This Christmas, 30 students at Beattyville Elementary School in Lee County, Kentucky received the best Christmas present of their young lives – an all-in-one desktop computer – and that number does not take into account their school-age siblings who will also be putting their new computer to good use.

Among them is Lauren who one of the first things she did on her new computer was to write a thank you note to the supporters of Americans Helping Americans®: “Thank you for my computer I love it very much. I can use it to do my school work and projects. I use it every day and I love it.”

Sherry Lanham, director of the Lee County Family Resource Center, worked with school staff to determine which of the students would benefit the most from having a computer in their home and told us that Lauren is an excellent student, but her mother could not afford to buy her a computer.

“Lauren will be one child who will probably still have this computer when she enters college,” said Sherry. “She is very thoughtful and caring and takes excellent care of her things.

“Her mom was so pleased to have this opportunity.”

Christopher was another of the fortunate recipients. He lives with his father, but his mother and sister live in another state.

“Christopher is an excellent student,” she told us. “He will be using this for classwork, as well as keeping up with his mom and sister.”

Johnny is a special needs child, his 5-year-old brother Tommy has a severe disability and their parents are the type of people “who are willing to do anything for kids in our community,” says Sherry.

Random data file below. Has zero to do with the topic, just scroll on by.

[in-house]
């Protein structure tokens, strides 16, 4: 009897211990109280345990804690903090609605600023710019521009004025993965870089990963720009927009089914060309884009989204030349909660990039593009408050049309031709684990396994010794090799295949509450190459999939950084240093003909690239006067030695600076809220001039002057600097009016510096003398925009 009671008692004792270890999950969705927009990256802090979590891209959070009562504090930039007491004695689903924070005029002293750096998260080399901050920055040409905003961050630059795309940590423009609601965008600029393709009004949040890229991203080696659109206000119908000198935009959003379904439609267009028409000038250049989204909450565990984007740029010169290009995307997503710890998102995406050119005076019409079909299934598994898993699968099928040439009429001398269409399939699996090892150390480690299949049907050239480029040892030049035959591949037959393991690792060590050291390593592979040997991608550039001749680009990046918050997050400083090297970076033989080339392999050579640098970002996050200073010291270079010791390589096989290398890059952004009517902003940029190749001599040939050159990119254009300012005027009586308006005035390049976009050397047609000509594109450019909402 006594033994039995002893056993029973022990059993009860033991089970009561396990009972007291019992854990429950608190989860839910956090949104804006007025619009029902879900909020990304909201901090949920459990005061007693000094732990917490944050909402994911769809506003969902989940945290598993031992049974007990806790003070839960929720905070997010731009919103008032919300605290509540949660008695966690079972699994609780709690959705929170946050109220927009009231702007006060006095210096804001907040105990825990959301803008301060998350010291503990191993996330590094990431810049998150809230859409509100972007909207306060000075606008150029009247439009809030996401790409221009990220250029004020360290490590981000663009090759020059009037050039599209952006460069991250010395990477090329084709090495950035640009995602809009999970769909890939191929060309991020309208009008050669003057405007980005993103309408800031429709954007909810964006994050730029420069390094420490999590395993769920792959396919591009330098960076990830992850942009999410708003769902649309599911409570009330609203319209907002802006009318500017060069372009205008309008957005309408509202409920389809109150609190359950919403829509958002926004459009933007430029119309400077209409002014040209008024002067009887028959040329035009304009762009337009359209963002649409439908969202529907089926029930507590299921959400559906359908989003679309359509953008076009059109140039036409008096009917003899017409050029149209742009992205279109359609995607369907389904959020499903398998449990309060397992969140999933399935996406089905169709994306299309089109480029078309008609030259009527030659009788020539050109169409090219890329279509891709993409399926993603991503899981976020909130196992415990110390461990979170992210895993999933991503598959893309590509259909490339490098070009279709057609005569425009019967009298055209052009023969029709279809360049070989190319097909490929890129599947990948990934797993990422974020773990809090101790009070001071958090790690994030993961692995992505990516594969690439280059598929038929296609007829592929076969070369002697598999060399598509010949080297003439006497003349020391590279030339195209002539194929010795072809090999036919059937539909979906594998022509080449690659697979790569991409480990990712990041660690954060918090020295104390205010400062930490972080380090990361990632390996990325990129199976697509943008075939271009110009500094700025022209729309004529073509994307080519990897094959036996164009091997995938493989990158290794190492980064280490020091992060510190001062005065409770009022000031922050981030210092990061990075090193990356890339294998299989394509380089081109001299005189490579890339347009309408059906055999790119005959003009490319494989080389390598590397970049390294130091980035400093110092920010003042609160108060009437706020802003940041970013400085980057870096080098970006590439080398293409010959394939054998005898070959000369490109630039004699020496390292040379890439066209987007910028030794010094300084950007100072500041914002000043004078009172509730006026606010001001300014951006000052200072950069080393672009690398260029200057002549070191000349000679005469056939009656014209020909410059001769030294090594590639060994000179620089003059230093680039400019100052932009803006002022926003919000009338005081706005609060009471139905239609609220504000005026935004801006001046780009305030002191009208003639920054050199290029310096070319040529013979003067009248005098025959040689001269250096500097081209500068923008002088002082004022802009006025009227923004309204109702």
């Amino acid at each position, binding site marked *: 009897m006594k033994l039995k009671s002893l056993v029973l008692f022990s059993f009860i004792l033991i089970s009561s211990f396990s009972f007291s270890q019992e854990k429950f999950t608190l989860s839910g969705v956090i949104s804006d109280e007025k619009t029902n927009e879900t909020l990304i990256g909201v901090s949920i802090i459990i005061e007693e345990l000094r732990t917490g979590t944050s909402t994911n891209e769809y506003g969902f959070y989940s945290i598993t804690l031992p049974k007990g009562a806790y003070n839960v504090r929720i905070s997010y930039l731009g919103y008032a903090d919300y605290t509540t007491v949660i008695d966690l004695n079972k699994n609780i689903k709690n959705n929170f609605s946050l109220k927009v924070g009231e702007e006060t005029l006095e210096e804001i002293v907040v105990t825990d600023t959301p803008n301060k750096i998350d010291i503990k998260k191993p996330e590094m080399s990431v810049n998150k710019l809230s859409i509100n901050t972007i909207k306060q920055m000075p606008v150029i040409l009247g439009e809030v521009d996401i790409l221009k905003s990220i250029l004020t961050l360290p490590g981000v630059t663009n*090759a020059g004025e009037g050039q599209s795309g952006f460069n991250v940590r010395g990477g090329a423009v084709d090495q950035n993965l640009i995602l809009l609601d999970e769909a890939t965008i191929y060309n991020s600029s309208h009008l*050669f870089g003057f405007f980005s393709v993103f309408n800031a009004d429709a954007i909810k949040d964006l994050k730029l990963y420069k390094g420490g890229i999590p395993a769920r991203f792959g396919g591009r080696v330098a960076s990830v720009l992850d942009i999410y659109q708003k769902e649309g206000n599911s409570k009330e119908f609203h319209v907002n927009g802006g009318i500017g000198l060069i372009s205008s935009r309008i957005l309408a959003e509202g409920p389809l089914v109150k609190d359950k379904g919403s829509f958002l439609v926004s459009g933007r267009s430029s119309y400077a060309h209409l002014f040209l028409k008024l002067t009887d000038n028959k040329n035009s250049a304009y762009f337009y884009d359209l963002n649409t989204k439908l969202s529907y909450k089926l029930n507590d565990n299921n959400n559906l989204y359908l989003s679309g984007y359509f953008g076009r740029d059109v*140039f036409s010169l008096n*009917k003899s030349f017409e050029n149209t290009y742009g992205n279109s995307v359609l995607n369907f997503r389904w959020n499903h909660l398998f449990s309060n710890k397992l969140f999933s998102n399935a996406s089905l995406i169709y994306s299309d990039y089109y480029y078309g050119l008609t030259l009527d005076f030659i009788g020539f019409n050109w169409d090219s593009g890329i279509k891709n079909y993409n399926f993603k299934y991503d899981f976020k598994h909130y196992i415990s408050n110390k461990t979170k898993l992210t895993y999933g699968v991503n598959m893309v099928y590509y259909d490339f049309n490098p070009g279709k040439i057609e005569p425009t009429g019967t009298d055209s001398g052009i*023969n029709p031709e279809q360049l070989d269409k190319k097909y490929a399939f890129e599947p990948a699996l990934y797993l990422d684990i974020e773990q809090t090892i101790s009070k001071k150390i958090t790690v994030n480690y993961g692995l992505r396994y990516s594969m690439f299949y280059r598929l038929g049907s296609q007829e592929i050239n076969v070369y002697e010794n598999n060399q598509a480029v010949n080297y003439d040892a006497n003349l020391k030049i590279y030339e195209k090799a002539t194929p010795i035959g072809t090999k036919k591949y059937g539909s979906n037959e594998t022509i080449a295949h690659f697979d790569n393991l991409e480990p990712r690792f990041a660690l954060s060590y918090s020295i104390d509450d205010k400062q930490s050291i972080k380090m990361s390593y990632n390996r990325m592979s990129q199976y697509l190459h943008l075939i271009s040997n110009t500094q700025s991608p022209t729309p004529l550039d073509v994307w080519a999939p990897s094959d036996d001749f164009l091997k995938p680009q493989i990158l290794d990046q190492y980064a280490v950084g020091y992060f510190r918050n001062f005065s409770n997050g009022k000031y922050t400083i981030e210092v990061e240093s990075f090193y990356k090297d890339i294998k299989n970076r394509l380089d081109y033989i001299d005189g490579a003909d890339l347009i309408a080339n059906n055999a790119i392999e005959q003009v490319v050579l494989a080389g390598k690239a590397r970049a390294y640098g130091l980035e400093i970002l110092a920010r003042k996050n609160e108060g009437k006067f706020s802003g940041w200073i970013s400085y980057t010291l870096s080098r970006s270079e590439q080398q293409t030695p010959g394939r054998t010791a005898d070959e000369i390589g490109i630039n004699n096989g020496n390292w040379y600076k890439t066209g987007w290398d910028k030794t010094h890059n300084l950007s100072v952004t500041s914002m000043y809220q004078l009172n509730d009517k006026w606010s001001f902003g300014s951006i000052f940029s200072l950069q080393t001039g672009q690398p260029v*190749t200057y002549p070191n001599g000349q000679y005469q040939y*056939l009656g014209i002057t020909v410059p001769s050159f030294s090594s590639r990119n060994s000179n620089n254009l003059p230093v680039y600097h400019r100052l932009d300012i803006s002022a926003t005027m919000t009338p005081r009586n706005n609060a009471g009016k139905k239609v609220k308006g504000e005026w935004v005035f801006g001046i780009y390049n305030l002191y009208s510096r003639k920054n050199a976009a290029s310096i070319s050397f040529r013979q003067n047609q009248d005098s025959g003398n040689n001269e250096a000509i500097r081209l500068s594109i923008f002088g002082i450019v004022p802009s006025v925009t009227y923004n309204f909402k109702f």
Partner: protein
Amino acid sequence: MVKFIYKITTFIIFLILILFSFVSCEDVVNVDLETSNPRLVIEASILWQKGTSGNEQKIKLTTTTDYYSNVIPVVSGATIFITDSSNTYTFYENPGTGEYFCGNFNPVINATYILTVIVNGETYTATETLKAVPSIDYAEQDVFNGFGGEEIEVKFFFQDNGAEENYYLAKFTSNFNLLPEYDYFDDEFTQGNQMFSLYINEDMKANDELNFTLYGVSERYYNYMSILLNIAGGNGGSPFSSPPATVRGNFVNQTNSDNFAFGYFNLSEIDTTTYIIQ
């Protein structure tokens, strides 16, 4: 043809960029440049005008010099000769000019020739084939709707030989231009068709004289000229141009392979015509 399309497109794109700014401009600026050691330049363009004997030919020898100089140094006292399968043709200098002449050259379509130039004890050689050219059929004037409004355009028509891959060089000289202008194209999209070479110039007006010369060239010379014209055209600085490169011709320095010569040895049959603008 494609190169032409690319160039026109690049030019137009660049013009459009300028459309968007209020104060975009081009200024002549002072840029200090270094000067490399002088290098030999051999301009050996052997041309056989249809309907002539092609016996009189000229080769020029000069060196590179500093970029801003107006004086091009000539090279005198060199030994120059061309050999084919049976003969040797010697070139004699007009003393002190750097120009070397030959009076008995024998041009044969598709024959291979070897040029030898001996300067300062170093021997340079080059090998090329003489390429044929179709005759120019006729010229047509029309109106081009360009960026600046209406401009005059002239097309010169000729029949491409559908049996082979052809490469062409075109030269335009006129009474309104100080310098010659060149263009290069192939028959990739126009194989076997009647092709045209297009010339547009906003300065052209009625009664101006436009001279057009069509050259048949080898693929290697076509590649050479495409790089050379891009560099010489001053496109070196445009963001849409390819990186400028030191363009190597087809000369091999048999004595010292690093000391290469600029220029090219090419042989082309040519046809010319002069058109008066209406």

“They are a wonderful family and were so happy with this computer because it will be a great help with the boys,” she told us.

For three years now, Americans Helping Americans® has been working to help bridge the digital divide in the rural, distressed small town of Beattyville.

Kids like Lauren, Christopher, Johnny and Tommy and many others are at a major disadvantage in comparison with their more well-off classmates who have computers and broadband access at home.

Before Christmas, these four children were out of luck when their school was closed during a winter storm and could not email their teacher for assignments and do their homework during what the school calls a NTI (non-traditional instruction) day.

But that was then. With the new year brings new opportunities for these 30 students, their siblings and even their parents who have finally truly arrived in the 21st century thanks to the supporters of Americans Helping Americans® who are helping us bridge the digital divide one family at a time.